A new art exhibition exploring the greed of private space travel is inspired by Elon Musk and Jeff Bezos
- Contemporary artist Lincoln Townley is famous for his distinctive portraits of Hollywood royalty.
- Townley has just launched his new collection, Universe, which will exhibit in London's Saatchi Gallery in September.
- The galactic-themed collection is inspired by the age of private space travel, which Townley says is motivated by "greed, self-publicity, [and] a desire to do things that other people cannot do."
- Townley says that prominent tech figures collect his work in the US, and some collectors have already bought works from the Universe collection.
Lincoln Townley is a prominent UK-based contemporary artist, known for his surrealist celebrity portraits of Hollywood royalty like Michael Sheen and Meryl Streep.
Townley quit PR to become an artist eight years ago and is a media regular thanks both to sales of his
The Universe collection is inspired by the age of private space travel and features work like 'First Man on Venus', which depict "figures look out into the unknown, driving the imagination they need to win and achieve above all others."
He was inspired to create the collection by the multibillion-dollar space programs of tech tycoons such as Tesla CEO
"I'm actually creating this collection, in effect, not poking these people in the eye, but saying why, with all the problems that we have on Earth, and this is even way before Covid ... you want to venture out and spend billions trying to get to Mars when you don't even know what's on Mars," Townley continued. "With all of the power they have, shouldn't they be turning the power back to saving where we already live?"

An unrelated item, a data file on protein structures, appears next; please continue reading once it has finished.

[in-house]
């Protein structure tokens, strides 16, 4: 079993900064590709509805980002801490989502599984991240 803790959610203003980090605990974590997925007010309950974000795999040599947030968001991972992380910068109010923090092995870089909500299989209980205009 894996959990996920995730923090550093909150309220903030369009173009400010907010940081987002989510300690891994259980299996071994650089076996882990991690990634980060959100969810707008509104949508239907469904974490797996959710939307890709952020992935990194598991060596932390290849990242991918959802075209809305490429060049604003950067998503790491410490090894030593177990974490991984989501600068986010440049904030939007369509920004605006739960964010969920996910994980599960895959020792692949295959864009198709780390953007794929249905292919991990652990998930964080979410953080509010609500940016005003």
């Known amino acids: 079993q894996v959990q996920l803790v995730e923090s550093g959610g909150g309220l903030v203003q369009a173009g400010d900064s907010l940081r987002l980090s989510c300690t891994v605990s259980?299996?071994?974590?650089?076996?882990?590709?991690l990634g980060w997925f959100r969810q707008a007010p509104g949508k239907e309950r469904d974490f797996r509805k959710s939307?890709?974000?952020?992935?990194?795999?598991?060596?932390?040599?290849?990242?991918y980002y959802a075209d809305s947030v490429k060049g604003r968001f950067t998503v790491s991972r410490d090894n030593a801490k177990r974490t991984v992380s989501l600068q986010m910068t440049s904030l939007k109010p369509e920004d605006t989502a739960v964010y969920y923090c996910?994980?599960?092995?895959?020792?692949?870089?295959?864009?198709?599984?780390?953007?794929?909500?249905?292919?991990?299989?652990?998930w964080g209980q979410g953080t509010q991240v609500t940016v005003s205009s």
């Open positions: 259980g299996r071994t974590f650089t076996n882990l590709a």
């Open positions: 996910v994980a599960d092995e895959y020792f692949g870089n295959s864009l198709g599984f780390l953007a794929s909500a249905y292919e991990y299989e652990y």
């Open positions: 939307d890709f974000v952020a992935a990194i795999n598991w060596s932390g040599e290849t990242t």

He added: "I feel there's a huge greed factor, and I find that astonishing ... In today's world, there needs to be a darkness to be that successful. And it takes a very narrow-minded approach, genius but narrow-minded. They need to be extremely selfish, and that's something that's in the collection."
Townley said there is already considerable interest in the collection from his collector base. Many, he said, are wealthy tech figures based in Los Angeles and San Francisco.
Some pieces have already sold, including 'First Man on Mars', which was bought by an American energy tycoon. The remaining paintings in the collection are listed at around $225,000.Ironically, Townley said, many of his existing clients are the super-rich — bankers and celebrities. His work has long tried to give these people "a poke in the eye", with previous collections including works entitled 'Yes Men' and 'Devil Banker'.
"My work, in a nutshell, is what are we willing to go through to succeed," he said. "I think it's all to do with greed, self-publicity, a desire to do things that other people cannot do because they haven't got the funding to do it. And it's a power thing."
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